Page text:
Lesson from June 21, 2009
Philippians 3: 15 – 4:1
We are looking at the last half of chapter three today, but it is important to see this section in connection with the first half of the chapter. Interestingly, in this chapter Paul addresses two extremes of the time. On the one hand, as we saw in chapter 3:1-11, there was the desire by some to return the faith more directly to its Jewish roots. Paul strongly addresses this by describing this group with strong words: “watch out for those dogs, those men who do evil, those mutilators of the flesh. For it is we who are the circumcision …” (v. 2-3). Here, Paul is addressing a different group, likely an early form of Gnosticism. Again, his words are very strong:
For as I have often told you before and now say again even with tears, many live as enemies of the cross of Christ. Their destiny is destruction, their god is their stomach, and their glory is in their shame. Their mind is on earthly things (18-19).
Paul thus presents two fundamental paths to avoid: legalism and libertine. If the first involves a near complete focus on a list of rules and regulations as a means of earning and maintaining God’s pleasure, the second involves a complete disregard for what a person does, says, and thinks. These are enemies of cross because they do not see that they have a need for Christ’s sacrifice as they have attained perfection on their own by their superior spirituality.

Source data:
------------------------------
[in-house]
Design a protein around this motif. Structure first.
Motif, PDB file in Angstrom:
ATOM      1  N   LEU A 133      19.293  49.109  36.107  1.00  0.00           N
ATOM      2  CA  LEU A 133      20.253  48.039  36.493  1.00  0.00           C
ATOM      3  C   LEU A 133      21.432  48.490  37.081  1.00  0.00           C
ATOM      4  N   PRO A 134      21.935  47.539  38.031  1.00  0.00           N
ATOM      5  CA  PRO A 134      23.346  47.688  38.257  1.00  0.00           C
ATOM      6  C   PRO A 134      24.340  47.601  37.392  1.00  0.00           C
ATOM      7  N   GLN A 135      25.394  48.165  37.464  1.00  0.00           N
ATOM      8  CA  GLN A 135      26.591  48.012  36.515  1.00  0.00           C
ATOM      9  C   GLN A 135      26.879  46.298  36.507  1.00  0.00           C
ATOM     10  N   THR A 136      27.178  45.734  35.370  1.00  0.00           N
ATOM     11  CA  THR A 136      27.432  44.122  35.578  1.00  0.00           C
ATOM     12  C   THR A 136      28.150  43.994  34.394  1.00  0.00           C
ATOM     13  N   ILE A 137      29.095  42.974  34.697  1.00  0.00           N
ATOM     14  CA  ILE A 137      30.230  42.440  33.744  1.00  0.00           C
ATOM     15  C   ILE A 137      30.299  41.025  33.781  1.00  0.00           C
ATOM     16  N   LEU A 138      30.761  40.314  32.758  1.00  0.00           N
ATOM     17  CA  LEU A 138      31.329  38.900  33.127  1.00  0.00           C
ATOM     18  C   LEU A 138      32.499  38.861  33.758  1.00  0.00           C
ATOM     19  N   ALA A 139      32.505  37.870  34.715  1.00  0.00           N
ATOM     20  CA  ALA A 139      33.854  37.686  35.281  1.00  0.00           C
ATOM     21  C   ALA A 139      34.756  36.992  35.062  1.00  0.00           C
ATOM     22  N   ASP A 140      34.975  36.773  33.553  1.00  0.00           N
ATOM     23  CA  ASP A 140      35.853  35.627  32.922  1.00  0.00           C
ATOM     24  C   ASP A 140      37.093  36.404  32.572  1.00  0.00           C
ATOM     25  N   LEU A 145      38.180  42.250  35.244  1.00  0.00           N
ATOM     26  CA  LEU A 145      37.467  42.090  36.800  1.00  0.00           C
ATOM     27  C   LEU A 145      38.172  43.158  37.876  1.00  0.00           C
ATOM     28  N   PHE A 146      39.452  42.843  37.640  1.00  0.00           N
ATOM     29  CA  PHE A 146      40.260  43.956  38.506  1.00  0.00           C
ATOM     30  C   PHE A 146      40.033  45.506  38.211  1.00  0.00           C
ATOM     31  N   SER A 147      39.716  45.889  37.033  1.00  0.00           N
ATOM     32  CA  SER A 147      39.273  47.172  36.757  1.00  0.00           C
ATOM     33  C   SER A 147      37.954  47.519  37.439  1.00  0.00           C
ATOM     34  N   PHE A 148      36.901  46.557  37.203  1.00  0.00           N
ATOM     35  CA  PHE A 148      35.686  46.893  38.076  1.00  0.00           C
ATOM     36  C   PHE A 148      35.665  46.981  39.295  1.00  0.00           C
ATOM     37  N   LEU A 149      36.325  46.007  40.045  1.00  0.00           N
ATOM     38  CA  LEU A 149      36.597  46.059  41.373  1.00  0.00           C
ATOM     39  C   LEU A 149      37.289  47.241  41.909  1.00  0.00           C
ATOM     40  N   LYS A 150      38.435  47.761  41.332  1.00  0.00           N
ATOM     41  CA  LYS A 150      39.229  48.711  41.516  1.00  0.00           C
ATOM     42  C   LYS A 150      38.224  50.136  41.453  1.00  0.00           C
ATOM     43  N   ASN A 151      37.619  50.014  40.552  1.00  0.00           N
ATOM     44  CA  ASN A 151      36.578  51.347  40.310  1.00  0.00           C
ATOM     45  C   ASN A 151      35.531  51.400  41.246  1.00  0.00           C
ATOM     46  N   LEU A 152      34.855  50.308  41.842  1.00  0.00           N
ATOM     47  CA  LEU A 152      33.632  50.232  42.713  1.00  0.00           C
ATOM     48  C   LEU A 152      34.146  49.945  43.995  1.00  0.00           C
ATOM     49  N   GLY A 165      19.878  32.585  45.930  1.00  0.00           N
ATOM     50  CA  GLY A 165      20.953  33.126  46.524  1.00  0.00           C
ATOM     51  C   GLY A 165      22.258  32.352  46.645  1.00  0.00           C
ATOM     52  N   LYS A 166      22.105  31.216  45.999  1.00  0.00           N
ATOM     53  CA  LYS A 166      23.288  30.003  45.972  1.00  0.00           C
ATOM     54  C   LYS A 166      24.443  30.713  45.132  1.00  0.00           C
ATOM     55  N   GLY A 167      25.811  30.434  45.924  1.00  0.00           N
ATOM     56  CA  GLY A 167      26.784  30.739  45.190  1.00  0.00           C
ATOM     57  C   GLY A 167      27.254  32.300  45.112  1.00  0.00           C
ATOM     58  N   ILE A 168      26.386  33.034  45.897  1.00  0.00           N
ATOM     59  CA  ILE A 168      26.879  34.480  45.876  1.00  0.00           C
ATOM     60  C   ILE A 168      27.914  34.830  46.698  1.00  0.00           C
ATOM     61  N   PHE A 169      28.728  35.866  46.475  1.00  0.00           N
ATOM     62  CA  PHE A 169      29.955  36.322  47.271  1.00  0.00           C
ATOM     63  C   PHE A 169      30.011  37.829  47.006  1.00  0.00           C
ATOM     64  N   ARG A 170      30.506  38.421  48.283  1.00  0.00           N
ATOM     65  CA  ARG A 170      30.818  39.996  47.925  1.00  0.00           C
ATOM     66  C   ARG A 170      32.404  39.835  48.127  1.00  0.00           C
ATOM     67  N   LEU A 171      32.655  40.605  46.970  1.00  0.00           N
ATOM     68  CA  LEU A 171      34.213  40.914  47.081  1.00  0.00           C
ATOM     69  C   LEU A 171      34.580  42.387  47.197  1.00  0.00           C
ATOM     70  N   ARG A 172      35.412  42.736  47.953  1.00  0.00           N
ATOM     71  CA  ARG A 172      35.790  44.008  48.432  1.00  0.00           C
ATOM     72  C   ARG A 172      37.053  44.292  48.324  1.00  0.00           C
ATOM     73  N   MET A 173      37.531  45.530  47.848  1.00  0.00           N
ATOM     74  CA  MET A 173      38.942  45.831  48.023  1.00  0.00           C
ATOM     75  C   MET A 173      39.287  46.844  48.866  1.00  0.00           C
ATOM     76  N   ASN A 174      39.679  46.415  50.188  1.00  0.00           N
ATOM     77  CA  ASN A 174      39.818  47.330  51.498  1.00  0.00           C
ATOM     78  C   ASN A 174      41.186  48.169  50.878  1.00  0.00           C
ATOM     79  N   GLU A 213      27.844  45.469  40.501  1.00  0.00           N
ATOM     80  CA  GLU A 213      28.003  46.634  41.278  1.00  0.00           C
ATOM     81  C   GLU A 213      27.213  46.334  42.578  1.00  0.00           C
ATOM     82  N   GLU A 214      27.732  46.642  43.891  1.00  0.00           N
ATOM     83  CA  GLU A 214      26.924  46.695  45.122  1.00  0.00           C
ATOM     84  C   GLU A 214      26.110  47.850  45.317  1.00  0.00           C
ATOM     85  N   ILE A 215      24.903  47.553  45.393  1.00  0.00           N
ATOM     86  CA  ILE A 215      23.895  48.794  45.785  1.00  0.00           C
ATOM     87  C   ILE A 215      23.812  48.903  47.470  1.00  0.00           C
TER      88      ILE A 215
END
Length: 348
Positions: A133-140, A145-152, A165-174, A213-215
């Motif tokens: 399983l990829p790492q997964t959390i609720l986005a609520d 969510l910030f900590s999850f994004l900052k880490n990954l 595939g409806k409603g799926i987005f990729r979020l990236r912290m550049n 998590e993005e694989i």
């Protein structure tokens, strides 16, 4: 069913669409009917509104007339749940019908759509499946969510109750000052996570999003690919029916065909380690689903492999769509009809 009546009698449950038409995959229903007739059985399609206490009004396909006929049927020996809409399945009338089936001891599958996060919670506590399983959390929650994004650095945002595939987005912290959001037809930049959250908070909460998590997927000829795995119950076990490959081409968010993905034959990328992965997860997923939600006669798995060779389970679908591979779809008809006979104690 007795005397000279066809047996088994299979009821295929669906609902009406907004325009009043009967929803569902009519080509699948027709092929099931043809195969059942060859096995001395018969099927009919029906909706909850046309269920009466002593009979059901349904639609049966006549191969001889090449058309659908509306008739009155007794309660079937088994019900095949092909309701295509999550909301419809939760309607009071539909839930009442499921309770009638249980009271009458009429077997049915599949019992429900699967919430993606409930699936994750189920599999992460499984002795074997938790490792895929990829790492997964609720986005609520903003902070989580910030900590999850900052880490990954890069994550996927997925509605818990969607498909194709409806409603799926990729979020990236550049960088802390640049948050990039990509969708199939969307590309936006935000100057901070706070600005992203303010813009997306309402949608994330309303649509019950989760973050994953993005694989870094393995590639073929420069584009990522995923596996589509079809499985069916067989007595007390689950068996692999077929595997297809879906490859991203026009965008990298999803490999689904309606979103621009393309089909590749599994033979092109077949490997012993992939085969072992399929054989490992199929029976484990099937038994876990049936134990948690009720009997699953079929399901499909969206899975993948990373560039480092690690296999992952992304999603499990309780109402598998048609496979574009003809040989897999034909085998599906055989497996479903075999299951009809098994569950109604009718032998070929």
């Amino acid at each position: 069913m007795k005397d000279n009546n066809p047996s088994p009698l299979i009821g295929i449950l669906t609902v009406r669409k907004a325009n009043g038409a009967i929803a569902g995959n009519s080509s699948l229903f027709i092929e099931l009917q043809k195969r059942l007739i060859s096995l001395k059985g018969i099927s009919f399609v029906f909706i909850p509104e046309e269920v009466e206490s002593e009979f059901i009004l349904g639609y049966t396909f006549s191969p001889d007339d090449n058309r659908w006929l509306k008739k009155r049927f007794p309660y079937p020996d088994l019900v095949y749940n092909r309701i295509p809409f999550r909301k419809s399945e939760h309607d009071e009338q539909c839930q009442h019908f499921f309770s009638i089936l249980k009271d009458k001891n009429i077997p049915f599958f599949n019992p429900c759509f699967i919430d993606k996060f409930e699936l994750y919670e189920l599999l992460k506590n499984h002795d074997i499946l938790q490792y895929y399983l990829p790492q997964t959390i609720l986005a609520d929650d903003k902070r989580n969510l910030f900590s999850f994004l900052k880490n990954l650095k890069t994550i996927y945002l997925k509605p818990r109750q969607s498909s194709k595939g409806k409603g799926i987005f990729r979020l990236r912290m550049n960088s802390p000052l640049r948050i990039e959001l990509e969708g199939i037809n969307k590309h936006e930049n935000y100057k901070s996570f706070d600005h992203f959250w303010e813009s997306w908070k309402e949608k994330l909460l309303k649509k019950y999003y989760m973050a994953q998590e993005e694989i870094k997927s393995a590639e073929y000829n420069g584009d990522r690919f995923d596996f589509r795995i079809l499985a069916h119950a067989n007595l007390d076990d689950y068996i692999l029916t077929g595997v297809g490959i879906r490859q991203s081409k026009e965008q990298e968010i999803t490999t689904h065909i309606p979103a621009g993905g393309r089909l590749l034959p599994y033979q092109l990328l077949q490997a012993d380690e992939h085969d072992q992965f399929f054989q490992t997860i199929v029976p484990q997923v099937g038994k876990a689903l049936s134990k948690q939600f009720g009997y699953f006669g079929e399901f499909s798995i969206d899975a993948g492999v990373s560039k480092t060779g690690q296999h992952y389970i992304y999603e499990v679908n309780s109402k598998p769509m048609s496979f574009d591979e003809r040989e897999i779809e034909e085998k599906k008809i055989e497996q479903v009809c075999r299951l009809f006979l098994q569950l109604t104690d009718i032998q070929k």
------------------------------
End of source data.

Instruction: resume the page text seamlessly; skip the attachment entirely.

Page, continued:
Paul recognizes that he is far from perfect and thus he continues, even after having been a Christ follower for about 25 years to “press on” (v. 12) and he notes that all those who are mature should see things this way. We must also understand ourselves to be citizens of heaven. So, we live in a tension between the struggle to faithfully live the Christian life here and now and the hope we have in the future when our citizenship in heaven will be fully realized. In this time of tension we are to avoid those who are enemies of the cross and follow those, who like Paul, seek to follow Christ. There is a way in which this passage is really about where we focus our vision. We are to focus away from the enemies of the Cross and away from earthly things. We are also to look toward Paul and presumably others who follow Christ and toward heaven and our citizenship there.
Why are role models so important? Is there a point in life when one no longer needs models to follow? How does one find and get to know role models? What happens when our role models fail?
Where do we see antinomian living and thinking today? One phrase does come to mind, “What happens in Vegas stays in Vegas,” can you think of other phrases or examples? Can you think of times you have heard others glory in their shame?